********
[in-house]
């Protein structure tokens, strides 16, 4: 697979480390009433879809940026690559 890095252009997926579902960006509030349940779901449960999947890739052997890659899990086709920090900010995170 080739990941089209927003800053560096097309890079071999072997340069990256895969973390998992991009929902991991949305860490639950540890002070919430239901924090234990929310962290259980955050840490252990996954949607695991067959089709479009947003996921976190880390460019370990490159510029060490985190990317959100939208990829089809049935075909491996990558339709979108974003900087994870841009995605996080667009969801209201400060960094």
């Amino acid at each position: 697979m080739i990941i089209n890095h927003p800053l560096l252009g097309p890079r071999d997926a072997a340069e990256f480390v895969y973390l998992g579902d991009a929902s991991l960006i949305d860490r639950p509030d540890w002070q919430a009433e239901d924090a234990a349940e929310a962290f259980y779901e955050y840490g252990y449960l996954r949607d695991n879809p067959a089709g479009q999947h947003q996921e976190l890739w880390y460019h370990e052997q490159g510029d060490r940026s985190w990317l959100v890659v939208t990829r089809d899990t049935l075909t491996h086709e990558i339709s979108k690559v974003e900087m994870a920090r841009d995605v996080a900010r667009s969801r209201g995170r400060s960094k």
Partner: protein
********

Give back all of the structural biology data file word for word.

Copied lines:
[in-house]
């Protein structure tokens, strides 16, 4: 697979480390009433879809940026690559 890095252009997926579902960006509030349940779901449960999947890739052997890659899990086709920090900010995170 080739990941089209927003800053560096097309890079071999072997340069990256895969973390998992991009929902991991949305860490639950540890002070919430239901924090234990929310962290259980955050840490252990996954949607695991067959089709479009947003996921976190880390460019370990490159510029060490985190990317959100939208990829089809049935075909491996990558339709979108974003900087994870841009995605996080667009969801209201400060960094």
């Amino acid at each position: 697979m080739i990941i089209n890095h927003p800053l560096l252009g097309p890079r071999d997926a072997a340069e990256f480390v895969y973390l998992g579902d991009a929902s991991l960006i949305d860490r639950p509030d540890w002070q919430a009433e239901d924090a234990a349940e929310a962290f259980y779901e955050y840490g252990y449960l996954r949607d695991n879809p067959a089709g479009q999947h947003q996921e976190l890739w880390y460019h370990e052997q490159g510029d060490r940026s985190w990317l959100v890659v939208t990829r089809d899990t049935l075909t491996h086709e990558i339709s979108k690559v974003e900087m994870a920090r841009d995605v996080a900010r667009s969801r209201g995170r400060s960094k």
Partner: protein